A Movement in a Moment: Luminism

As fireworks light up the sky this Fourth of July, we look at another light that is uniquely American
Lake George (1869) by John Frederick Kensett
Lake George (1869) by John Frederick Kensett

A term coined mid-20th century, Luminism ambiguously defines a group of American land- and seascape painters in the late 1800’s. With an integral focus on the painted manifestation of light, Luminism ran concurrently with its European cousin Impressionism, but with a “strong emphasis on a quality” that was “deemed distinctly American.”

A movement with a palpable absence of “founders or acknowledged leaders”, and lacking coherency in a traditional sense, there did however exist quintessentially Luminist characteristics. Concealed brushstrokes transcribed hazy skies over expanses of tranquil water, constructing an aura of emphasised intimacy, even on large canvases.

John Frederick Kensett’s Lake George rendered light the chief protagonist, artistic license permitting the omission of more aggressive visual incident – such as human activity, rocky outcrops or, indeed, entire islands – in his pursuit of visual poetry. Dubbed the “American sublime”, Kensett’s work embodied core Luminist principles, present also in the work of Martin Johnson Heade’s Haystacks on the Newburyport Marshes and Fitz Henry Lane’s Owl’s Head, Penobscot Bay, Maine, as a romanticised portrayal of light on a low horizon line.


Owl's Head, Penobscot Bay, Maine (1862) by Fitz Henry Lane
Owl's Head, Penobscot Bay, Maine (1862) by Fitz Henry Lane

Captured predominantly on the north-eastern coast of America, Luminists sought a ubiquitous tranquillity and a “sense of near airless calm,” according to our book Art in Time: A World History Of Styles And Movements.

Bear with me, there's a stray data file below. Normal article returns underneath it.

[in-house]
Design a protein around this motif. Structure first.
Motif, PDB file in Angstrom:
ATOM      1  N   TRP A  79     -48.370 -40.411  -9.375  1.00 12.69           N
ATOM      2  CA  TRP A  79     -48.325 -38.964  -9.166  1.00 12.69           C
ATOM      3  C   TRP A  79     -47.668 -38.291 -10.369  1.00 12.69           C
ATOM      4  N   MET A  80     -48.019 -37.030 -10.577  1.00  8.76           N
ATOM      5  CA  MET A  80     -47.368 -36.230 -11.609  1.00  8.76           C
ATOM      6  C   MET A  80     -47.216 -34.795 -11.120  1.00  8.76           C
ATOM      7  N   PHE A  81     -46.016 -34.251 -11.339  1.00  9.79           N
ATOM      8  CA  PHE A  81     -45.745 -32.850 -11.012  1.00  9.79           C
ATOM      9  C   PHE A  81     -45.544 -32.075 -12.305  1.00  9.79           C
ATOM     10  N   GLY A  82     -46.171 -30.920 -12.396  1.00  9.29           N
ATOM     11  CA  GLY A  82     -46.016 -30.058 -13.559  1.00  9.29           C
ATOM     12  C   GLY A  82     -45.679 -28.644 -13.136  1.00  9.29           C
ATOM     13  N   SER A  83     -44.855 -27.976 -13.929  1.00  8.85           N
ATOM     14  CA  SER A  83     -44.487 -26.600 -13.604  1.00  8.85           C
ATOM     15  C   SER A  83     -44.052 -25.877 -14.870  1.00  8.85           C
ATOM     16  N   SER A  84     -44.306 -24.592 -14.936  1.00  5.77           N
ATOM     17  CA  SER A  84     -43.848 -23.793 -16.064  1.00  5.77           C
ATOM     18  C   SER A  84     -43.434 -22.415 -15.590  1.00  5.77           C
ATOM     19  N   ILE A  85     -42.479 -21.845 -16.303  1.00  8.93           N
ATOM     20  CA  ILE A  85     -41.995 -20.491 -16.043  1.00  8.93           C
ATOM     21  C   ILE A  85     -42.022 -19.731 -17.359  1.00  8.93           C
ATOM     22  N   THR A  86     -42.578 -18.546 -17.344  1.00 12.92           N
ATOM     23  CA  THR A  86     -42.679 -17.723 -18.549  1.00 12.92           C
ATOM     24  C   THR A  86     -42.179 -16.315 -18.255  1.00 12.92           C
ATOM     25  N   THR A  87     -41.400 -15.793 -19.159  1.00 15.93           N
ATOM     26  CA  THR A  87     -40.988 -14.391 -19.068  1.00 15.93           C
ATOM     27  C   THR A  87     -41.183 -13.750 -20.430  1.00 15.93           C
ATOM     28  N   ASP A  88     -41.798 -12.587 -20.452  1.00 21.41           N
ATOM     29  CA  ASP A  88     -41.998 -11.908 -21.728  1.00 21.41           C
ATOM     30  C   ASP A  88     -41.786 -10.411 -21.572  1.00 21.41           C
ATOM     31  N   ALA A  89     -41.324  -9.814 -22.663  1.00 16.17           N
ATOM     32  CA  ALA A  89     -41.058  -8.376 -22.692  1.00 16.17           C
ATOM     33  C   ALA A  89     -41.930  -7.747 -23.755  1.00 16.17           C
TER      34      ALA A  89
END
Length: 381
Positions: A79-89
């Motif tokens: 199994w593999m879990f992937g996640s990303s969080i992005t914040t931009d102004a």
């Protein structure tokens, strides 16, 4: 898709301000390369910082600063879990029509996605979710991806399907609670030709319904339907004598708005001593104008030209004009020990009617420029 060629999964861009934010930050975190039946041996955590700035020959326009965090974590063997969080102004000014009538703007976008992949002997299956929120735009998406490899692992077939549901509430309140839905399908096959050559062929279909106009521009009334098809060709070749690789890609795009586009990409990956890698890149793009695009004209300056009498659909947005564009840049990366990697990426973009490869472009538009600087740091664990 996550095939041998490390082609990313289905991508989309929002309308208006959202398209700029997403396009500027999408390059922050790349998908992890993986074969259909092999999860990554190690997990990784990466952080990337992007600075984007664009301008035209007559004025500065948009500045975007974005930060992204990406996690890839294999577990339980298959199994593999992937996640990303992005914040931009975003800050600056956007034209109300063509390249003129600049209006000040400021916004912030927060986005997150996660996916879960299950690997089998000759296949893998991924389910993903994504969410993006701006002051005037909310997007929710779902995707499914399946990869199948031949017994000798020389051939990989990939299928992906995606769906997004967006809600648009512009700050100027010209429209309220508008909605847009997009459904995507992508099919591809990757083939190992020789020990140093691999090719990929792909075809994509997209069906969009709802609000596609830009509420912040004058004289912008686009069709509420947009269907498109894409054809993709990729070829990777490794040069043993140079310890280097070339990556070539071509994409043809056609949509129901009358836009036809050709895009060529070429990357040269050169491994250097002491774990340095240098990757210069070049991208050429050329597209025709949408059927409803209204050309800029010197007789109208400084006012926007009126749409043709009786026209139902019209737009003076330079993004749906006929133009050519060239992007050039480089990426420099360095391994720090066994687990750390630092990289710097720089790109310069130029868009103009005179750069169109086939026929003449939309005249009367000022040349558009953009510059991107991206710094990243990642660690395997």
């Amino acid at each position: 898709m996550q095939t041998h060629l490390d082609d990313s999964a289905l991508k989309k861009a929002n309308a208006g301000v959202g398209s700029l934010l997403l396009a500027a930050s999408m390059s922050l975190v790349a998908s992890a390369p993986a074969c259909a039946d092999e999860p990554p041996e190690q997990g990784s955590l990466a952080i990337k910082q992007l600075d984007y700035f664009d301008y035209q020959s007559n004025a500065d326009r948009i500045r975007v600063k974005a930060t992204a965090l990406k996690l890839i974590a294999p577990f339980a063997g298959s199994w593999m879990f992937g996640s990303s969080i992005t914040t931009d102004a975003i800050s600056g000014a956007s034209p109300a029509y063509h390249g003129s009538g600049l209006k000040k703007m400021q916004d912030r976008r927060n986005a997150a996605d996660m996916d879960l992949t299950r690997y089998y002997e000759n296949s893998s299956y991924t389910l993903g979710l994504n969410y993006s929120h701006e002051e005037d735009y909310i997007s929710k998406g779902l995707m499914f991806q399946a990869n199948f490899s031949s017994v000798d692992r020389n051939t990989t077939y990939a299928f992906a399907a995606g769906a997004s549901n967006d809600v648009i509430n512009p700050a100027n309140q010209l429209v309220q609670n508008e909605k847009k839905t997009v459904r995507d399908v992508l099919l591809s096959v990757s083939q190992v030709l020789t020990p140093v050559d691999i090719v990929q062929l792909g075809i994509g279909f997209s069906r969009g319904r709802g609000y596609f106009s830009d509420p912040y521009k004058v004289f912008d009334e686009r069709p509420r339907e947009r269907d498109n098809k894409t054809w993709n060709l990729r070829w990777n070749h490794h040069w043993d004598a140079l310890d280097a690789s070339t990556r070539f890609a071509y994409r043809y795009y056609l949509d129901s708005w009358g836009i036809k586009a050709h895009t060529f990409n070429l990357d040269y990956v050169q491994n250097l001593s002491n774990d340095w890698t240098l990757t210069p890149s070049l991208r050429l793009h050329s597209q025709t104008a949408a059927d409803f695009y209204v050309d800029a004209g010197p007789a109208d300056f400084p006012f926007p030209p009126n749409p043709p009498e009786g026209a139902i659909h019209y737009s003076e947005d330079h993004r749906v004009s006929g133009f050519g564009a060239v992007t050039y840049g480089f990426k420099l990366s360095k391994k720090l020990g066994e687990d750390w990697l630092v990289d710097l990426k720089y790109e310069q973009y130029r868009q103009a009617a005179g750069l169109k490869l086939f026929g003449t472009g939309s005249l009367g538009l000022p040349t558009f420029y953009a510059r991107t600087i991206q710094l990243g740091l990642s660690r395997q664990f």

Indeed, Kensett’s procuring of his studio on an island off Connecticut, and its subsequent naming “Contentment”, wholly embodies the Luminist ideal. Despite a 1980 exhibition at the National Gallery of Art its validity is nevertheless questioned.


Haystacks on the Newburyport Marshes (1862) by Martin Johnson Heade
Haystacks on the Newburyport Marshes (1862) by Martin Johnson Heade

A lack of organisation within the movement and a shared subject matter with the Impressionists have led academics to sustain an argument that 20th century interest in Luminism was entrenched in a Cold War narrative of definitive national identity.

There is no doubt however, in the unfaltering execution of the American landscape amongst these paintings, and the serenity permeating through them provides a welcome relief from the clutter of our modern, busy, everyday lives. Something perhaps to ponder as you stare at the firework sky tonight. - Rosie Minney 


Art in Time

For more on this movement and many others order a copy of Art in Time here.

You May Also Like



Phaidon is the premier global publisher of the creative arts with over 1,500 titles in print. We work with the world's most influential artists, chefs, writers and thinkers to produce innovative books on art, photography, design, architecture, fashion, food and travel, and illustrated books for children. Phaidon is headquartered in London and New York City.
Read more